Origin: European, Belgian
Method: Sous Vide, StovetopJump to Recipe
Steak frites, or steak and fries, is considered by many to be the national dish of Belgium, and can be found throughout Belgium and France. Grilled steak is paired with crispy fries, and makes for a delicious quick lunch or dinner. In this recipe we used our sous vide to perfectly cook the steak before giving it a quick sear in a hot cast iron pan.
For our Belgian Steak Frites we chose to use Bavette steak due to its great flavor. There is often some confusion as to where the bavette steak originates. Also referred to as flap meat, some believe that the cut is synonymous with flank steak but this is not quite true. The bavette is actually comprised of the bottom part of the sirloin, toward the back of the cow. It is situated below the sirloin and just above the flank steak. Texture wise, this sirloin flap steak takes on a lot of similar characteristics to flank steak, loaded with flavor but needs to be cooked and cut properly to make it tender.
For this recipe we ordered our bavette from one of our favorite local cattle companies, KC Cattle Co. Started and run by U.S. military veterans this company has been providing some high quality American Wagyu beef and is one of our favorite sources for great tasting beef. Another great source for great high quality AMERICAN WAGYU BEEF Snake River Farms, which also delivers nationally.
Preparing the Belgian Steak Frites
To prepare the bavette steak, pat the meat dry and remove any hard fat from the surface of the meat. Liberally season both sides of the steak with kosher salt, granulated garlic, and fresh ground black pepper, or with your favorite SPG (Salt, pepper, garlic) style rub.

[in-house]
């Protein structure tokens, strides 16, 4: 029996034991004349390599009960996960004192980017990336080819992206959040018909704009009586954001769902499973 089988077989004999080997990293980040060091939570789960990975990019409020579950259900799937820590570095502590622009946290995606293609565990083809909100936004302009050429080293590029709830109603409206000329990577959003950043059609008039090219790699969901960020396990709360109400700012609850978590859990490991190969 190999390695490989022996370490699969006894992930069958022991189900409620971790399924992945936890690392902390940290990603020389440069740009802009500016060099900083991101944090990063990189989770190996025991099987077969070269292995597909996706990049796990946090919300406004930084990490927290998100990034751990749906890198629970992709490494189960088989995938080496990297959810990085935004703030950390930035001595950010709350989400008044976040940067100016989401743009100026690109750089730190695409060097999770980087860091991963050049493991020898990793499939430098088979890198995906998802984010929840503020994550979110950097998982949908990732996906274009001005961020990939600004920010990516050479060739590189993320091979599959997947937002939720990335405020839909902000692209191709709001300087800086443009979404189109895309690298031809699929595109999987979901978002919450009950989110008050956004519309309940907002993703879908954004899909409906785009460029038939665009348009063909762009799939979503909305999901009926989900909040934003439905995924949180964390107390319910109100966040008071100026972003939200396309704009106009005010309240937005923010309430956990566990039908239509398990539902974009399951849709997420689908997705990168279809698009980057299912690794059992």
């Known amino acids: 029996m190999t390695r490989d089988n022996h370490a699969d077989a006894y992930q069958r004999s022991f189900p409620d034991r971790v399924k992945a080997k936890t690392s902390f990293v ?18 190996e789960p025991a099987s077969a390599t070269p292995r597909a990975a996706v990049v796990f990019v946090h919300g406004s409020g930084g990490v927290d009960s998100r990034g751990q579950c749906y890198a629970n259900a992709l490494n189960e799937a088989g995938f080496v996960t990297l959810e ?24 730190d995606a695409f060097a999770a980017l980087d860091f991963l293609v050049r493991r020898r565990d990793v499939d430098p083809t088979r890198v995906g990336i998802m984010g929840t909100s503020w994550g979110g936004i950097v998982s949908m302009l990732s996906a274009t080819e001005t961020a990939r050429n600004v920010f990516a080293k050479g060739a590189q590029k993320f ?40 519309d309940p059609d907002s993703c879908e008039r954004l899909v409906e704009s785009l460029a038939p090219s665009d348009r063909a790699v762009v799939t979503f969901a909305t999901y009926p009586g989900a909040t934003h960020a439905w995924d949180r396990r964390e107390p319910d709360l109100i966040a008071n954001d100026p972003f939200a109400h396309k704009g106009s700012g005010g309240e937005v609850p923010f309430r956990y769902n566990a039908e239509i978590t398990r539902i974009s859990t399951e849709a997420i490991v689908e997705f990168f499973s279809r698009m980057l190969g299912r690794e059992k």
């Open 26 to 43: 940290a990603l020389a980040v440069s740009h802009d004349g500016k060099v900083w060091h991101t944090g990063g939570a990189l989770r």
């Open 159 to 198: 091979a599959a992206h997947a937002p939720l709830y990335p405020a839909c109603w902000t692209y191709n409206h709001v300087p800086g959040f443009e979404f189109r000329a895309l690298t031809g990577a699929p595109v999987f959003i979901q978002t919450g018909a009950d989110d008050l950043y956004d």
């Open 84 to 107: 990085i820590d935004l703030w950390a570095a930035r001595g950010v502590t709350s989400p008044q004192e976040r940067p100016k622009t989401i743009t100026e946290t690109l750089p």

Cooking the Sous Vide Bavette Steak
Place the seasoned steak in a vacuum seal back or sous vide bag with a few sprigs of fresh thyme and rosemary. Seal the bag, making sure there are no leaks. You can learn more about sous vide cooking on our Tools of the Trade Page, or by clicking here.
Set your water bath temperature to 125 degrees for a finished product of about medium rare. If you would like the meat more done you can increase the water bath temp accordingly, but remember to set the temp about 5-10 degrees below your desired finishing temp as bavette is a pretty thin cut and the internal temp will increase during the final sear. We do not recommend cooking a bavette steak to anything above medium doneness.
Cook the Sous Vide Bavette Steak for about 2 hours. Unlike some meats, and even other cuts of beef, a bavette steak does not benefit from a really long cook in the sous vide. As you go beyond 2 hours, the meat fibers will begin to tighten and the meat will become tougher. 1.5-2 hours is about perfect for a bavette steak.
If you are looking for more great sous vide recipes, then check out our recipes for Sous Vide Florentine Style Porterhouse or Teres Major with His and Her Sauces. For a more traditional grilled steak check out our Reverse Seared Argentinian Ribeye With Chimichurri Sauce.
Searing the Belgian Steak Frites